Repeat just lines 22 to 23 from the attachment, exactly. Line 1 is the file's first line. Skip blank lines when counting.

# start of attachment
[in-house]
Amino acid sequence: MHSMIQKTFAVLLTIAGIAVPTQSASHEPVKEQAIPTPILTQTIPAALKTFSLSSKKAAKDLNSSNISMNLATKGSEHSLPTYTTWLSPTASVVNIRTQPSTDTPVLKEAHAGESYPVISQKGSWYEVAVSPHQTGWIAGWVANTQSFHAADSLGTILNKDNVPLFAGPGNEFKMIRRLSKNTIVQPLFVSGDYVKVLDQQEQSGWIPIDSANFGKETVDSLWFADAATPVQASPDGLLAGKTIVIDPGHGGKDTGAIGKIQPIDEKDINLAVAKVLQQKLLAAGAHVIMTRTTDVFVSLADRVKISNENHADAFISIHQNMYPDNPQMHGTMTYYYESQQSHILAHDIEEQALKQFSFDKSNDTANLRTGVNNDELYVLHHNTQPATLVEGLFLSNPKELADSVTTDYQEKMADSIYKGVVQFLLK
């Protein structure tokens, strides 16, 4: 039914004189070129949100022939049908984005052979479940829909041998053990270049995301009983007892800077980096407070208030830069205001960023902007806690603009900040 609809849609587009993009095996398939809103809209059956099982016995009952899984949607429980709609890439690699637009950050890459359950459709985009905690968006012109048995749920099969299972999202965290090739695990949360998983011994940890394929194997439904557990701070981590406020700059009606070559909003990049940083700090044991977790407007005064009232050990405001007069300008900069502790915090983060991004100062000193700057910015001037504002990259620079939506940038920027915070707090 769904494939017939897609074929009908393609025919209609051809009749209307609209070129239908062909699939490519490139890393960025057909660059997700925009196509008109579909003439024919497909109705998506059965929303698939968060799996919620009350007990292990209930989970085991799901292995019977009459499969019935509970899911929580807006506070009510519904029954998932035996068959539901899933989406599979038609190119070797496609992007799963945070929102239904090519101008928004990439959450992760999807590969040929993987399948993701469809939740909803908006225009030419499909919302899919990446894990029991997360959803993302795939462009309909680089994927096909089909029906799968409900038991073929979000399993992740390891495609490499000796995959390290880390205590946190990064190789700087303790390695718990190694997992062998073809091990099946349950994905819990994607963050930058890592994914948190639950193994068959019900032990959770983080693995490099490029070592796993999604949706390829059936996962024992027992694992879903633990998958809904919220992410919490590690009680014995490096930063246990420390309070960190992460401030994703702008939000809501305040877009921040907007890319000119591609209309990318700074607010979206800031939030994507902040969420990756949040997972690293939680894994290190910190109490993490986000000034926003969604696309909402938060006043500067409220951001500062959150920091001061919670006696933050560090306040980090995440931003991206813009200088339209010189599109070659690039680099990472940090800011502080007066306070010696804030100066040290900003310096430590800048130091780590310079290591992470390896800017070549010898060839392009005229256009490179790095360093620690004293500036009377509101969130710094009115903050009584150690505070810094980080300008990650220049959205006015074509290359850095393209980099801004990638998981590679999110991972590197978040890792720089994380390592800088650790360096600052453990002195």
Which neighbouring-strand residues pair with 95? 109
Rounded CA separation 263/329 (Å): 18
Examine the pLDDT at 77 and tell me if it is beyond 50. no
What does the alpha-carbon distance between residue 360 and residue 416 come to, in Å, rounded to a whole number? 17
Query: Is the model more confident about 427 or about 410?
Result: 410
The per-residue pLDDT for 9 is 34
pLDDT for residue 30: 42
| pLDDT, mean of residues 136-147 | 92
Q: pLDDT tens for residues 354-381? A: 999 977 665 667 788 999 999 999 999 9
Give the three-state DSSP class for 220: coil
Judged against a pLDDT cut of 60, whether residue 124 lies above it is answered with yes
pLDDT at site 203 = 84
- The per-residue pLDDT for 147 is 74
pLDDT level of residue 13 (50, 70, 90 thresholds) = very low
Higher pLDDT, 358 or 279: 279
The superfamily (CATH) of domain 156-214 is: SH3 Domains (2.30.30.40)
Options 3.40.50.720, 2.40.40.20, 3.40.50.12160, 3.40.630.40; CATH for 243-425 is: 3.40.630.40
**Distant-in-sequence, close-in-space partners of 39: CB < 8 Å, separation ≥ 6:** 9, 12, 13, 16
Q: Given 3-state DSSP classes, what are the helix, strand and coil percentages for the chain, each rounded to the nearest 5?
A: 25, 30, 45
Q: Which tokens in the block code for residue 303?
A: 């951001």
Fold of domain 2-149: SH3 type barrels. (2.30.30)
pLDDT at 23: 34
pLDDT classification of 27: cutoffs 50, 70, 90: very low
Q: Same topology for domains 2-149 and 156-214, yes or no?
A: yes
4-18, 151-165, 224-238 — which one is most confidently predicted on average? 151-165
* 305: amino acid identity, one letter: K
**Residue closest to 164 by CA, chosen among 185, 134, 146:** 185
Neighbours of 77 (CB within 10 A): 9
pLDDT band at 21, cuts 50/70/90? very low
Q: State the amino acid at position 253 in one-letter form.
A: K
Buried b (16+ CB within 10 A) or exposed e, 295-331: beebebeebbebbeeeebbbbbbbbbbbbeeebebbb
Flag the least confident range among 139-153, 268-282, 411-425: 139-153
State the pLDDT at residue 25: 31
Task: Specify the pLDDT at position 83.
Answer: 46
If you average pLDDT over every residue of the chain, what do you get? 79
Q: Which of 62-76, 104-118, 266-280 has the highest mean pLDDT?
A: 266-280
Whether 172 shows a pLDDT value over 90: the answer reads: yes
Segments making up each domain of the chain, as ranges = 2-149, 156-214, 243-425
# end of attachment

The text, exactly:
**Distant-in-sequence, close-in-space partners of 39: CB < 8 Å, separation ≥ 6:** 9, 12, 13, 16
Q: Given 3-state DSSP classes, what are the helix, strand and coil percentages for the chain, each rounded to the nearest 5?